It’s my annual Taxes from A to Z series! This time, it’s Tax Cuts and Jobs Act (TCJA) style. If you’re wondering whether you can claim house office expenses or whether to deduct a capital loss under the new law, you won’t want to miss a single letter.

W is for Withholding.

Outside of the pass-through and SALT deductions, withholding is probably the most talked about provision for individual taxpayers under the TCJA. 

We have a pay-as-you-go system which means that taxpayers typically pay their taxes during the tax year through a combination of withholding and estimated payments made in four installments. 

How much your employer will withhold from your paycheck and remit to the government on your behalf is determined by your form W-4. You typically complete a form W-4 each year (or if you change employers or experience a significant life event) and give it to your employer – not the Internal Revenue Service (IRS). Your employer then uses tables from the IRS to determine how much to take out of your check and remit to the IRS on your behalf. Your employer will report that amount to the IRS each year using a form W-2. Specifically, Box 2 on your W-2 reports the total amount of federal income taxes withheld from your pay during the year.

(You can find out more about form W-2 here.)

Usually, that’s all there is to it. You reconcile what you paid through a combination of withholding and estimated payments when you do your taxes. If you paid in too much, you’ll get a refund. If you paid in too little, you’ll write a check. In most cases, if you don’t pay—through that—at least 90% of the tax that you owe or 100% of the tax that you owed in the prior year (the percentage is 110% if your adjusted gross income on that return was at least $150,000), you may owe a penalty. Exceptions and waiver provisions apply, and there’s generally no penalty if you owe less than $1,000 in tax.

But here’s where things got tricky in 2018. The TCJA introduced a number of changes, including caps on state and local tax deductions, a zeroed-out personal exemption amount, and the elimination of reimbursed job expenses. Additionally, the TCJA wasn’t passed until the end of 2017, new withholding tables were not available to employers until mid-January of 2018, and some employees didn’t see a switch in withholding until mid-February of 2018.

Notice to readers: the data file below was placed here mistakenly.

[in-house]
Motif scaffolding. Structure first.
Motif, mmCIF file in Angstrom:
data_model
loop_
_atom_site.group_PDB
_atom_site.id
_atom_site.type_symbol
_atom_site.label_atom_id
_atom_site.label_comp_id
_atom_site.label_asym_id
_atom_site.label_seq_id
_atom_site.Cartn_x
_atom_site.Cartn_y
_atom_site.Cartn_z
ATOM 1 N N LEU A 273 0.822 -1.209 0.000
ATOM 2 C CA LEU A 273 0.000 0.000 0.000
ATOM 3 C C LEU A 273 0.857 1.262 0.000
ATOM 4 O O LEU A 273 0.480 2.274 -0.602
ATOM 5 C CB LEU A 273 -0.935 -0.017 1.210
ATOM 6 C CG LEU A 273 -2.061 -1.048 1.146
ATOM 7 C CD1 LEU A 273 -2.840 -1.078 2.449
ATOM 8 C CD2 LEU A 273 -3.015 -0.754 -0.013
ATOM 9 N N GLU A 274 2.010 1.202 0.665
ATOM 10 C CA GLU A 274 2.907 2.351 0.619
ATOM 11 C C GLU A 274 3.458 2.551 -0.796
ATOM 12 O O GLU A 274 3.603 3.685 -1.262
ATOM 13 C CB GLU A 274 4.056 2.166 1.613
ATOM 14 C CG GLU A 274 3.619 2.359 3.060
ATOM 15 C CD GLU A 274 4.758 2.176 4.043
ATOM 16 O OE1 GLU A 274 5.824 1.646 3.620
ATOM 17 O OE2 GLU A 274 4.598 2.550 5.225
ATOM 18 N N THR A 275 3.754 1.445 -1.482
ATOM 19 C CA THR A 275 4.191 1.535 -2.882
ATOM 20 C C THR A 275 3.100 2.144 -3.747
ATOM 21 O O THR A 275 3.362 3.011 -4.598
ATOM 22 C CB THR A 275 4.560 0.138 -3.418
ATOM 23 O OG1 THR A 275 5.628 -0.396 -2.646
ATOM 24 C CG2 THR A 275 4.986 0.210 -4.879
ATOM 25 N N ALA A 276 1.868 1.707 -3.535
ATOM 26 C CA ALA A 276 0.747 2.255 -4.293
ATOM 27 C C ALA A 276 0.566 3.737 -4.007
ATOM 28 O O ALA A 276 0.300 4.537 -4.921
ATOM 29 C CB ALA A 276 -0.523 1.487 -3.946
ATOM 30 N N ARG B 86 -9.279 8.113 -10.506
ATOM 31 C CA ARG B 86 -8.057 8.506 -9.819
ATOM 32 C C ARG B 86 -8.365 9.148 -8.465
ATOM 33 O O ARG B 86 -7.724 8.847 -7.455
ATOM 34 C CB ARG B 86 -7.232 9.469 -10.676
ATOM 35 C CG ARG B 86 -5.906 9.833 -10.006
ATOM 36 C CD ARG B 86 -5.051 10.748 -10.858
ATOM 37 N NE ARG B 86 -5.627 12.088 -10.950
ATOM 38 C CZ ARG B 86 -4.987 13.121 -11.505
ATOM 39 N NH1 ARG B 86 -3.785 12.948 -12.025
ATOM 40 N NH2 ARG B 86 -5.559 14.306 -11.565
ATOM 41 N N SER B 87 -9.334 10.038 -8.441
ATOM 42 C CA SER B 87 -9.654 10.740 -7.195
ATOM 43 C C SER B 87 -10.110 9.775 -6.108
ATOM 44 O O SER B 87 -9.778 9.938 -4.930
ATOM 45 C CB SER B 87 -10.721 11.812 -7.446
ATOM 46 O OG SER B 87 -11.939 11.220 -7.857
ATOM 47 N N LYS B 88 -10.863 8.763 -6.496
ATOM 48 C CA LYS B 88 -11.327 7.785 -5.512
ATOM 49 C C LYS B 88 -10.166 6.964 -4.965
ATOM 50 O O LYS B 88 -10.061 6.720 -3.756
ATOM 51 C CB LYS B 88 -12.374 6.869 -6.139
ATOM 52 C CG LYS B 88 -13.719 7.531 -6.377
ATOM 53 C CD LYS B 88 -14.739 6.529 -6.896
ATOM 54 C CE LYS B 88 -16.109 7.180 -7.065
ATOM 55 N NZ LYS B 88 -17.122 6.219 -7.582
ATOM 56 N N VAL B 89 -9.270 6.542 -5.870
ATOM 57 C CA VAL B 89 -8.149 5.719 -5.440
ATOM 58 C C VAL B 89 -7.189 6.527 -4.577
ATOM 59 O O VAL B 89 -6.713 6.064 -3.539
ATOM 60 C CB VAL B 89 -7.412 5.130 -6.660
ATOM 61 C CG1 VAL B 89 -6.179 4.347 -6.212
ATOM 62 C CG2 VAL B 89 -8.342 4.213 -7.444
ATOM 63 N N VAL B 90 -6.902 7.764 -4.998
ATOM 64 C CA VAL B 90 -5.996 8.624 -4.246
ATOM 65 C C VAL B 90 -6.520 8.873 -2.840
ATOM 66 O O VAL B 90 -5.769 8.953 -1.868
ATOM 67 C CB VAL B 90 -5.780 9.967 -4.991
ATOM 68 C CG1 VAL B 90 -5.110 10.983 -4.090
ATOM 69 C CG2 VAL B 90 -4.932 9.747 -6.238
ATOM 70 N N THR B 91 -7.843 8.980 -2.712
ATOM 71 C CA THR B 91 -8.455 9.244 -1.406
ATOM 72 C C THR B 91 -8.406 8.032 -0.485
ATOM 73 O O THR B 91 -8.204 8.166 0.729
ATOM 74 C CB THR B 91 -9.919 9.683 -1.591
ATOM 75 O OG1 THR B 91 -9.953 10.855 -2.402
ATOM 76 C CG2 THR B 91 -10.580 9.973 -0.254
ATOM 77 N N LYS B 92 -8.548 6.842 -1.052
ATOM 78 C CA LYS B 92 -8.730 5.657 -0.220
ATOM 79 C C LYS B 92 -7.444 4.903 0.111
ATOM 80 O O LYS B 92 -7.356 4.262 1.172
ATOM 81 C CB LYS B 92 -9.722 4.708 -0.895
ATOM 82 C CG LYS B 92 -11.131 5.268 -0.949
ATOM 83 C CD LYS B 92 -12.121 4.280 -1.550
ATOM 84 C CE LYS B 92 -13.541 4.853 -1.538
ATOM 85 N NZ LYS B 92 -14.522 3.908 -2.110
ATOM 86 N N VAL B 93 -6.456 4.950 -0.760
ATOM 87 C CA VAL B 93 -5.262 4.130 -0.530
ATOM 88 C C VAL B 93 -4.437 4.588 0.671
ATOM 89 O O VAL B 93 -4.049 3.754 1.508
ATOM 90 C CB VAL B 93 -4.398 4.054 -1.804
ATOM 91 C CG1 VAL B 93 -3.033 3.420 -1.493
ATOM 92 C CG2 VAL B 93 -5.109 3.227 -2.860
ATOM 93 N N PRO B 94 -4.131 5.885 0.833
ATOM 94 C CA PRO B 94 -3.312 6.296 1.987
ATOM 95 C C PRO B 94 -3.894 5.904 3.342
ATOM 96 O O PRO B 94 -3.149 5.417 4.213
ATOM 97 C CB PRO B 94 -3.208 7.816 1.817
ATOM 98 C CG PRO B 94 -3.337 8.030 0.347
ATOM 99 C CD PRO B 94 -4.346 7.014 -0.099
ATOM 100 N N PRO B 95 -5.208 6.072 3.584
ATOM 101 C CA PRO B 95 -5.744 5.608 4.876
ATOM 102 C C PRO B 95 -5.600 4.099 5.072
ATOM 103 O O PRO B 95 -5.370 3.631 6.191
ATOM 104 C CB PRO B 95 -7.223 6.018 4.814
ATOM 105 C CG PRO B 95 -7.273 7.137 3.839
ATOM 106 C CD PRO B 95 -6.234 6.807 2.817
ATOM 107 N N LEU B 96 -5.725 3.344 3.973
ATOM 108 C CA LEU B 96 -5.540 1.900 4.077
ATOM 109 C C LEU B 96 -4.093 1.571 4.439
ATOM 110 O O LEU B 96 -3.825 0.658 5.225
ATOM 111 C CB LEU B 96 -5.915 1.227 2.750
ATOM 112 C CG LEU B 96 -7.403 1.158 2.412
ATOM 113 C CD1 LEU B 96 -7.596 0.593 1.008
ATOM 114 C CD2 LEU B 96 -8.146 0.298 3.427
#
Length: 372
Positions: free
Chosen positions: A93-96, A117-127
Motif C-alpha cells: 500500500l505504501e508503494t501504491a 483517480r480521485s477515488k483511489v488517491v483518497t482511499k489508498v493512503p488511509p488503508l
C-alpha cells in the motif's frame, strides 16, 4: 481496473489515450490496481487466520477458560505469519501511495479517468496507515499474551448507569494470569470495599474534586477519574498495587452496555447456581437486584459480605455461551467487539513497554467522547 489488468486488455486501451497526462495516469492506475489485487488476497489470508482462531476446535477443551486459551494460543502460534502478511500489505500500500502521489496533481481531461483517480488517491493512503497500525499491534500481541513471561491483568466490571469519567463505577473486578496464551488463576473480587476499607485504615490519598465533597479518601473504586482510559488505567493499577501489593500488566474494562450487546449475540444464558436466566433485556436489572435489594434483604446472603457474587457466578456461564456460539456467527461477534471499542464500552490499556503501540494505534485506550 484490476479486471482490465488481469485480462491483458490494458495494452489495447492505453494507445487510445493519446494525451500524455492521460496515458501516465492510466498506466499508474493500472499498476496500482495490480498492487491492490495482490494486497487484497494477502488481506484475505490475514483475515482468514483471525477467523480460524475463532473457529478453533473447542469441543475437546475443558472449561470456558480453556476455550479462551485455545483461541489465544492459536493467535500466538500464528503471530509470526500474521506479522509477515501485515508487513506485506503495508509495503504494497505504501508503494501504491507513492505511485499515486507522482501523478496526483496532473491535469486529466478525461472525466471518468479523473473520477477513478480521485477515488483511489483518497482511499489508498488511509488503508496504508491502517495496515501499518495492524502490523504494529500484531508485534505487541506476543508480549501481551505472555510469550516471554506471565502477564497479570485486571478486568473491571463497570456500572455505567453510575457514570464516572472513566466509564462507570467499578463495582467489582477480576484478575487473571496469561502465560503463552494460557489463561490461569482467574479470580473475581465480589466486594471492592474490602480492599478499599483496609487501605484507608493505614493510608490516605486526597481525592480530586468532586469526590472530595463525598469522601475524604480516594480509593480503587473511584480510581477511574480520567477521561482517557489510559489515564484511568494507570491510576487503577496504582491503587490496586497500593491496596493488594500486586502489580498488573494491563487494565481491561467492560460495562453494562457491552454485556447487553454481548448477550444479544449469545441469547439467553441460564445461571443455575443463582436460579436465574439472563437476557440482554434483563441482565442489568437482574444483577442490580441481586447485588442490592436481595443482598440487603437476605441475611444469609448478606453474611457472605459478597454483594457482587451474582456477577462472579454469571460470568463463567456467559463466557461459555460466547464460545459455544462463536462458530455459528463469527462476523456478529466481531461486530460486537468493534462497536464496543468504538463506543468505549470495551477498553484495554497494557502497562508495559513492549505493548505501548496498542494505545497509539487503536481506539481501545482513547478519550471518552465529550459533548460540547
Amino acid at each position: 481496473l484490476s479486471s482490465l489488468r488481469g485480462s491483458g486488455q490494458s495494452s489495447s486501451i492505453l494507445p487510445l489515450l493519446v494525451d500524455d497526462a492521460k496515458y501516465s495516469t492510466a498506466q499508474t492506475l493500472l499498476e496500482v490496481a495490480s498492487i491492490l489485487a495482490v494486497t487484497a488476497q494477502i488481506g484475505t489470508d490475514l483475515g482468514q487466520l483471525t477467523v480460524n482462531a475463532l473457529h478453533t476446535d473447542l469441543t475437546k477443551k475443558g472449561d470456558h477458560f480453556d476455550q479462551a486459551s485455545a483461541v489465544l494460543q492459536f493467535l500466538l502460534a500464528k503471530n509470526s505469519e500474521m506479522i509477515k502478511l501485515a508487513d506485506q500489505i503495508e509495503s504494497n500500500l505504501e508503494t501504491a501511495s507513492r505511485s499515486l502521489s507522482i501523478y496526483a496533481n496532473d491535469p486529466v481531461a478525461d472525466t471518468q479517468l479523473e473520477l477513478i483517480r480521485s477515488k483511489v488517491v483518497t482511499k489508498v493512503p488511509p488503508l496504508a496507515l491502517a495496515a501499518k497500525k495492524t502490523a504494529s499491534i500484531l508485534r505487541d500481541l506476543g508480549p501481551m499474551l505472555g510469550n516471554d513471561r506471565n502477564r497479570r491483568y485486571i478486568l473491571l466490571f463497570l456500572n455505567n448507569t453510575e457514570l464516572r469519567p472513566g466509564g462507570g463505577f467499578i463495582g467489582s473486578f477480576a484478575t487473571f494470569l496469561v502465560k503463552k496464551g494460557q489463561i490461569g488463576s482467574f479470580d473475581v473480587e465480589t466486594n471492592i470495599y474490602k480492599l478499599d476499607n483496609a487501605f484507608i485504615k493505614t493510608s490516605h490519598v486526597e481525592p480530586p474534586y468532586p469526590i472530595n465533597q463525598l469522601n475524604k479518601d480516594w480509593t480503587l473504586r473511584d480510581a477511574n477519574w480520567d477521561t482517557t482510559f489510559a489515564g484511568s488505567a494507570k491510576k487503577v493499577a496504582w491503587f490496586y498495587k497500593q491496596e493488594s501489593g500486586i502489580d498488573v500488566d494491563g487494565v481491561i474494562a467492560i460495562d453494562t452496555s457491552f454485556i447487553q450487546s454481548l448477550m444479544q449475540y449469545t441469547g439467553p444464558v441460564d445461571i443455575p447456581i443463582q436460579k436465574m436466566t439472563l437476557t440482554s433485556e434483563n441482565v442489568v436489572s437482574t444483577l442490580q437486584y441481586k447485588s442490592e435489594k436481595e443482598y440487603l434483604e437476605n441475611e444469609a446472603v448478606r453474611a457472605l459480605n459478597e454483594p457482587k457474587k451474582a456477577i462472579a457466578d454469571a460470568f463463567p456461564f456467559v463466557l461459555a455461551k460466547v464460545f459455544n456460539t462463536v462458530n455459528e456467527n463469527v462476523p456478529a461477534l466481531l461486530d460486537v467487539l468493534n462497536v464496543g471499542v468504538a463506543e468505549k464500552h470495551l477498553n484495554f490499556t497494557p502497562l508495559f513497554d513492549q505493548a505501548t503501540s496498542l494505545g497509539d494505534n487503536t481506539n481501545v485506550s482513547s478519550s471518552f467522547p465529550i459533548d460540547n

The result was confusing, with many taxpayers not withholding enough for 2018 which would mean they would be subject to a penalty. In response, some leading some tax professionals, including the American Institute of CPAs (AICPA), called on the IRS to make some changes to the penalty structure. (You can read the letter from the AICPA, which downloads as a pdf, here.) 

In January of 2019, the IRS advised that they would waive underpayment penalties so long as withholding and estimated tax payments total at least 85% of the tax shown on the return for the 2018 taxable year. Two months later, in March, the IRS expanded the relief for those taxpayers making payments of at least 80% of the tax shown on the return for the 2018 taxable year.

That’s good news for many taxpayers, but don’t be short-sighted. If you didn’t withhold enough, you’ll want to make some changes on your form W-4 for 2019. IRS Commissioner Chuck Rettig has said, “We urge people to check their withholding again this year to make sure they are having the right amount of tax withheld for 2019.” (For more on form W-4, click here.) 

For more Taxes From A To ZTM 2019, check out the rest of the series:

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Kelly Erb is a tax attorney, tax writer and podcaster.

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